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Collection Title: United States Army. Office of Subsistence. Report. Vicksburg, Mississippi.

Collection Number: M135

Dates: October 1863

Volume: 1 Item

Provenance: Conway Barker in 1969.

Copyright: This collection may be protected from unauthorized copying by the Copyright Law of the United States (Title 17, United States Code).

Biographical/Historical Sketch:

Following Vicksburg's surrender in July 1863, the city and its residents began to return to normal. A steamer from upriver docked at the wharf in mid-July and it was reported that by August one could buy anything he wanted in the city's stores. It was the occupying army doing most of the purchasing, however, for few southerners had cash to spend. Many southerners had to rely on the army commissary for provisions.

By General Order No. 46, issued at Vicksburg on July 21, 1863, citizens received provisions from the army were required to present certificates stating that they were destitute and including the number in the family and the time they would draw provisions. Provisions referred to in this order were specified as one pound of flour and one half-pound of salt meat or one pound of fresh beef per ration.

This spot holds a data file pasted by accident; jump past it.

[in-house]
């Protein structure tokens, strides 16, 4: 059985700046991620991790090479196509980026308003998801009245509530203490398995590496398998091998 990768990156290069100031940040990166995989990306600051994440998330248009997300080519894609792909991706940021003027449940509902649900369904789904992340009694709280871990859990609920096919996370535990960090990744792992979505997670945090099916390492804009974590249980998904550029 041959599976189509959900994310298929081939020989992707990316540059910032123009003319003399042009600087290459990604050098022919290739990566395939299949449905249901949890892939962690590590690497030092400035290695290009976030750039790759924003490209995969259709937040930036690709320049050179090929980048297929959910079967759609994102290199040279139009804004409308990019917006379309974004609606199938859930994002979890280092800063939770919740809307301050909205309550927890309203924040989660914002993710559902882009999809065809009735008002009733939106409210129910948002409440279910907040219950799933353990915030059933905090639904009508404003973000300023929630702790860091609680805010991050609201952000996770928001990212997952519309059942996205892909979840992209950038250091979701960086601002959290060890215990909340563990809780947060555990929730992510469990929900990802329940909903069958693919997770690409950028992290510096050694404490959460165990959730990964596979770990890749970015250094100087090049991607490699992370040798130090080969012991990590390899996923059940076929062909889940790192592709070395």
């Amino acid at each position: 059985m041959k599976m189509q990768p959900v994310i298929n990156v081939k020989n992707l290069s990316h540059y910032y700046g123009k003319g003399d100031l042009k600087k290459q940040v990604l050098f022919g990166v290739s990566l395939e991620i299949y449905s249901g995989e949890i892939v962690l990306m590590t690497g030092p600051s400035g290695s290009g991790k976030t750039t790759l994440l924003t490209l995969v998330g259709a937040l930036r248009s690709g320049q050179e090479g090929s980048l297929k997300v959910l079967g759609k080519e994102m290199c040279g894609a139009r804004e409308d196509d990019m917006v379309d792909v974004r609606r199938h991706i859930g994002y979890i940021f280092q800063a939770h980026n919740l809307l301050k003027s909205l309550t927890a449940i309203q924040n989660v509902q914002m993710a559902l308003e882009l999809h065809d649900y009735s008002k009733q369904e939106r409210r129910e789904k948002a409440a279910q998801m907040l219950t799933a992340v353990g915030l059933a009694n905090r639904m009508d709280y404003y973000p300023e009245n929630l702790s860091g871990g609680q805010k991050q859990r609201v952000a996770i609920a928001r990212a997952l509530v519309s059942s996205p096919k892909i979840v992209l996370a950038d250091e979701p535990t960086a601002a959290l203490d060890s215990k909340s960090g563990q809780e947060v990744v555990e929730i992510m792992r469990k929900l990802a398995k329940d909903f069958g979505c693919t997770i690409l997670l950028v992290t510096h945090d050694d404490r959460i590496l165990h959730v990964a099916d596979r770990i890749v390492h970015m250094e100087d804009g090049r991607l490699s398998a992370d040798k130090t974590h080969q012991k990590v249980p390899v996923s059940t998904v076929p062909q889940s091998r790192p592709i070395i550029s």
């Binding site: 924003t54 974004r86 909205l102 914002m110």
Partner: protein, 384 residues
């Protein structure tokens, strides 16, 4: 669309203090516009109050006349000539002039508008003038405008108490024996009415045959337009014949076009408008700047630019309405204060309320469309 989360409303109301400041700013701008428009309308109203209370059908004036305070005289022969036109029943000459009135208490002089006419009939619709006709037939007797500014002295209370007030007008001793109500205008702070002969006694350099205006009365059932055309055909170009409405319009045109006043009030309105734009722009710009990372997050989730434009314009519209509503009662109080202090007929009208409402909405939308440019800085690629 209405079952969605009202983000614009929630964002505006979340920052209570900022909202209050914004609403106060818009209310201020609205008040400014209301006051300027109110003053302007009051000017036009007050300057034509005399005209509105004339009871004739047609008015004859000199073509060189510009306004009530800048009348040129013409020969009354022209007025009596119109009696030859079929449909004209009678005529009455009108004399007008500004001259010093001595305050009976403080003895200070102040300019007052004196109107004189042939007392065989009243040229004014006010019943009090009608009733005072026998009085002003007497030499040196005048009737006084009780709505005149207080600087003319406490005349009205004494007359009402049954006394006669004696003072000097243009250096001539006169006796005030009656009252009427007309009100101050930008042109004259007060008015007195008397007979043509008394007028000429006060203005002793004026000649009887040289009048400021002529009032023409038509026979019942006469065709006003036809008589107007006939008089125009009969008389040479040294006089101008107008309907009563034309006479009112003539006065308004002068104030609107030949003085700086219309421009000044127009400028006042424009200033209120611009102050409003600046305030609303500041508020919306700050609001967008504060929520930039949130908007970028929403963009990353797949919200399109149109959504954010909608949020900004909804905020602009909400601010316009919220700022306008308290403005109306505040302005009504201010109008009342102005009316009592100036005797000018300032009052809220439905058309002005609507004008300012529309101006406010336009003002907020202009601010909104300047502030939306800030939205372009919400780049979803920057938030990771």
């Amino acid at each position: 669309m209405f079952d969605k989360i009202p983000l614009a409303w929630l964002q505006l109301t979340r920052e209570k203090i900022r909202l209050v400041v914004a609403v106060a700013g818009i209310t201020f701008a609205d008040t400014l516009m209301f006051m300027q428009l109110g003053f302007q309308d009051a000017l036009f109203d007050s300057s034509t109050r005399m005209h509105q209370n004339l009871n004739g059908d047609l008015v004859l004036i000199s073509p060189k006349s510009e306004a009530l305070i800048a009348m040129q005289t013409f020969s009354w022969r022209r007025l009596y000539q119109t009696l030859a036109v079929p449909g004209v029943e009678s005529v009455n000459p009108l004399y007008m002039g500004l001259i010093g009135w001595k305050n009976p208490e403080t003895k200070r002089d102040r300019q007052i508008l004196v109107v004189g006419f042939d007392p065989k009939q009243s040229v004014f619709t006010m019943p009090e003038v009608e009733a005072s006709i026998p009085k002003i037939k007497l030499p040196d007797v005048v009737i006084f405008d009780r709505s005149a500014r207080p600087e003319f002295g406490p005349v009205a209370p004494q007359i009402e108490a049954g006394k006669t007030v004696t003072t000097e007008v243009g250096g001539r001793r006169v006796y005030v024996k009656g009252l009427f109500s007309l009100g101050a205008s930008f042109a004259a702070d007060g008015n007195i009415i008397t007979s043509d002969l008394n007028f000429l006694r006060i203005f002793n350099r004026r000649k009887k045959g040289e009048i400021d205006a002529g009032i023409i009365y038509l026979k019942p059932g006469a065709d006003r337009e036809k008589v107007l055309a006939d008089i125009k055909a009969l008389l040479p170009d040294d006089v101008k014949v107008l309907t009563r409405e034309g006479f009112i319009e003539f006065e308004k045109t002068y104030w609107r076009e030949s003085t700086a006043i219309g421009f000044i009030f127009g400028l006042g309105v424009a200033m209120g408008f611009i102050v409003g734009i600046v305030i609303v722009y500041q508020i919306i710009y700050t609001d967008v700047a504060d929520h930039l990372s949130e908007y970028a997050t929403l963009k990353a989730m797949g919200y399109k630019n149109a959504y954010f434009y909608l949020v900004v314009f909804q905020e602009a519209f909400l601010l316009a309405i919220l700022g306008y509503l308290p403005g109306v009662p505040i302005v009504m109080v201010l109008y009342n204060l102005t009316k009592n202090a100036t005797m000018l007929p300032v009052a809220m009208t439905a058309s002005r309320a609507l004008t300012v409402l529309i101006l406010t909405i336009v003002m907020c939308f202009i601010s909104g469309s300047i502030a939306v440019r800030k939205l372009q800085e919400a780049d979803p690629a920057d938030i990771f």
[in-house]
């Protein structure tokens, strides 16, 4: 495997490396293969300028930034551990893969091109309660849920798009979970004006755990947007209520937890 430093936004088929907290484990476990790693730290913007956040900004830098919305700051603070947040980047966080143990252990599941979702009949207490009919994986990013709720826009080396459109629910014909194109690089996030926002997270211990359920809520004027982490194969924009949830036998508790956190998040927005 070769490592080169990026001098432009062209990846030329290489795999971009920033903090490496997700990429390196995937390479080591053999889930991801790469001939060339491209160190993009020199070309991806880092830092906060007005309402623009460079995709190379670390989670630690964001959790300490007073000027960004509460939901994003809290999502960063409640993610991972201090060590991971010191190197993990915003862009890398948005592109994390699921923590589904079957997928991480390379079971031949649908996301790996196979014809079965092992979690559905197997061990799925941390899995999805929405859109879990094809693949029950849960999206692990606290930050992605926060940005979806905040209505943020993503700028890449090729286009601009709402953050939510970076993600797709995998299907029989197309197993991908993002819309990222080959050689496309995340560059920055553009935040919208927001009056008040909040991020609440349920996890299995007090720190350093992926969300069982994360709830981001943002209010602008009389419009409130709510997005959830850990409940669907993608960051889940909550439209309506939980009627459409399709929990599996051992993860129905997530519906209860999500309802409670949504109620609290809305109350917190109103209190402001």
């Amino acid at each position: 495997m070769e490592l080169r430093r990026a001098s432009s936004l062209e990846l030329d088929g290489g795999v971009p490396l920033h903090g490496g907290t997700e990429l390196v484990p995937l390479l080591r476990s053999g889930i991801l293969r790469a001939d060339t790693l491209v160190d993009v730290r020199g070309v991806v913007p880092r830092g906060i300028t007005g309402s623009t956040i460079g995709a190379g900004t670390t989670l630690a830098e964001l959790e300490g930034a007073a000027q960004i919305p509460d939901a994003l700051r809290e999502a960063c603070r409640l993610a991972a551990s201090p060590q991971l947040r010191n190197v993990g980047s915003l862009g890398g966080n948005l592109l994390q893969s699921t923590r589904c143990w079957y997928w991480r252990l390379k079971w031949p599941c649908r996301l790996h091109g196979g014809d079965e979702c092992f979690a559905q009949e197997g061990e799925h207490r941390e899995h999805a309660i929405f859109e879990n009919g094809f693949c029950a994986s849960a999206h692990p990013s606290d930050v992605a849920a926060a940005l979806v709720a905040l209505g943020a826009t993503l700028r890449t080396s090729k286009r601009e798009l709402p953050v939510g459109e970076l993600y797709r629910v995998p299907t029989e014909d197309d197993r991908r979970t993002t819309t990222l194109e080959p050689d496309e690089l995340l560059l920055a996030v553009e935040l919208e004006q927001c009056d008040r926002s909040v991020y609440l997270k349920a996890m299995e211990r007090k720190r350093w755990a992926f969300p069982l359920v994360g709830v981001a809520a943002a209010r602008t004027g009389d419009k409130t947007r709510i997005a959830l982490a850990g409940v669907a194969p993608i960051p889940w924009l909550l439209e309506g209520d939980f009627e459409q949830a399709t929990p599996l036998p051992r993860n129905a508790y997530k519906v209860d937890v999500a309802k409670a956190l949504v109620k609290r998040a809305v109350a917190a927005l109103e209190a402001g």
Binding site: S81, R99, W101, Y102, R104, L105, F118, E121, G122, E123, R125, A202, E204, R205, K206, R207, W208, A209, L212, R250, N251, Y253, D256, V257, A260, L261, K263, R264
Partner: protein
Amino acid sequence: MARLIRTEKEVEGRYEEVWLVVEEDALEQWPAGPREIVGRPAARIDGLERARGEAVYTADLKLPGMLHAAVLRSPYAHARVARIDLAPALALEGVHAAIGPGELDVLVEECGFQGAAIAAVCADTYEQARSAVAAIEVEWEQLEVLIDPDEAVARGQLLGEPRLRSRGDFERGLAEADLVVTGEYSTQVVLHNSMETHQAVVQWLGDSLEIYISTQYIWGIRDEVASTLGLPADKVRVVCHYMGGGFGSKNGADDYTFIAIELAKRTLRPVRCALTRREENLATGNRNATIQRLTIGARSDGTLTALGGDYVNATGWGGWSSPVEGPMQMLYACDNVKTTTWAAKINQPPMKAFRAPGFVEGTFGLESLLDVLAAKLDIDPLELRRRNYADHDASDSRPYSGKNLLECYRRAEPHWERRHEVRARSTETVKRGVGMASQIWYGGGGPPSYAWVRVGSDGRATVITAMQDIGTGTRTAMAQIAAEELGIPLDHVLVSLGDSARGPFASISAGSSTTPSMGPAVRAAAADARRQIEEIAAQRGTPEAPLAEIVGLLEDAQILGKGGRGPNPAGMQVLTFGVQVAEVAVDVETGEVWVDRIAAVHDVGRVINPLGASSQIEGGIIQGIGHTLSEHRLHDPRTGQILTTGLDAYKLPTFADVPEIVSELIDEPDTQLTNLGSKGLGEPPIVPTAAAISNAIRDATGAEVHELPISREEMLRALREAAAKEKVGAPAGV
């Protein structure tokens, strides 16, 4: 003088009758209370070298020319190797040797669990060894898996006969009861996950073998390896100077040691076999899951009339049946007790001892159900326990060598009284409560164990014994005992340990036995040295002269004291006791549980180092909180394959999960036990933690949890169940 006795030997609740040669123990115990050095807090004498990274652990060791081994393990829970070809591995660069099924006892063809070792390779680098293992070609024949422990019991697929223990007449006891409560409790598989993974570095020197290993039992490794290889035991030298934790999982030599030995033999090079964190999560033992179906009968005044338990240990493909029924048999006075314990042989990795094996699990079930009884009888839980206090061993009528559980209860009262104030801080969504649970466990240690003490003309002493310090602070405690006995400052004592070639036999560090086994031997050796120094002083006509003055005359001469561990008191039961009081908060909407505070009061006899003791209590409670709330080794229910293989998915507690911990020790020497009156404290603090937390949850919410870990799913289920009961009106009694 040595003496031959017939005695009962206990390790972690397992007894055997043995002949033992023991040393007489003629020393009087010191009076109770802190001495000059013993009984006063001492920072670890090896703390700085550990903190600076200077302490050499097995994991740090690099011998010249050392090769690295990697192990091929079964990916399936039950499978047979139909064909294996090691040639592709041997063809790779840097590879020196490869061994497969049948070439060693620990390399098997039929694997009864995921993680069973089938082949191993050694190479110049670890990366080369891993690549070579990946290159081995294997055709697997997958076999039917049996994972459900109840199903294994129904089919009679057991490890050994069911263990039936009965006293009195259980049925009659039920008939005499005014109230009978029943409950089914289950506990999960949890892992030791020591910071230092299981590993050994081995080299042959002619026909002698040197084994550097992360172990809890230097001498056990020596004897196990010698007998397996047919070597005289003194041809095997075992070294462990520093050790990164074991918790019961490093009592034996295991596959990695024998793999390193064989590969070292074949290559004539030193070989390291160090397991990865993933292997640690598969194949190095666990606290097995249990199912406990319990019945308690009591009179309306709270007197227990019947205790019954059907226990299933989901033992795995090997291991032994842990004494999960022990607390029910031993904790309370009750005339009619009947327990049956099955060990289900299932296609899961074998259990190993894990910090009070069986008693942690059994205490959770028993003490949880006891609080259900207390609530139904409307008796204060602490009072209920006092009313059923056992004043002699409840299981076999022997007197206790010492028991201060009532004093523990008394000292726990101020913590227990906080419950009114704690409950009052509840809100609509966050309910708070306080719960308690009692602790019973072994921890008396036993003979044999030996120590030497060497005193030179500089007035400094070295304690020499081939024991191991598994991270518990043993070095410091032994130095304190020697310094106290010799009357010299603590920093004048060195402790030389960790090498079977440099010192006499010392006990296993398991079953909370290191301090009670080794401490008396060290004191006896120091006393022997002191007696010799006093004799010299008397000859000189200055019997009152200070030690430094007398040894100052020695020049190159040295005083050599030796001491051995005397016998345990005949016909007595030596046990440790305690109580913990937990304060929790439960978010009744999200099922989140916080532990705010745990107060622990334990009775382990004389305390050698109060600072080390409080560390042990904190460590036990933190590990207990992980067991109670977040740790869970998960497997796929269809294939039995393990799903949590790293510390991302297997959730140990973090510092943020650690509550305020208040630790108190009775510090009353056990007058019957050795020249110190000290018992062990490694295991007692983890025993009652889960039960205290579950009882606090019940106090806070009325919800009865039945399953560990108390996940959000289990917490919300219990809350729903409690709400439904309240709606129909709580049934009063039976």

On August 1, 1863, General Order No. 50 broadened the area covered to include destitute families of Warren County. Those families able to pay for the provisions were required to do so.

J. C. Cox was a Lieutenant Colonel in the 17th Army Corps, Department of the Tennessee, United States Army. In 1864 he was awarded a medal for efficiency in the Commissary Department. No information is available on A.H. Robinson.

Scope and Content:

This report was written by Captain A.H. Robinson, Chief, Commissary of Subsistence Vicksburg, Mississippi, in October 1863, to Lieutenant Colonel J.C. Cox, Acting Chief of the Commissary of Subsistence, Department of the Tennessee. The text of the report indicates there was an accompanying document containing statistics, but it is no longer attached.

The following categories of statistics were being kept:

(1) number of destitute citizens receiving commissary issues; (2) number of families; (3) amount of supplies sold; (4) number of

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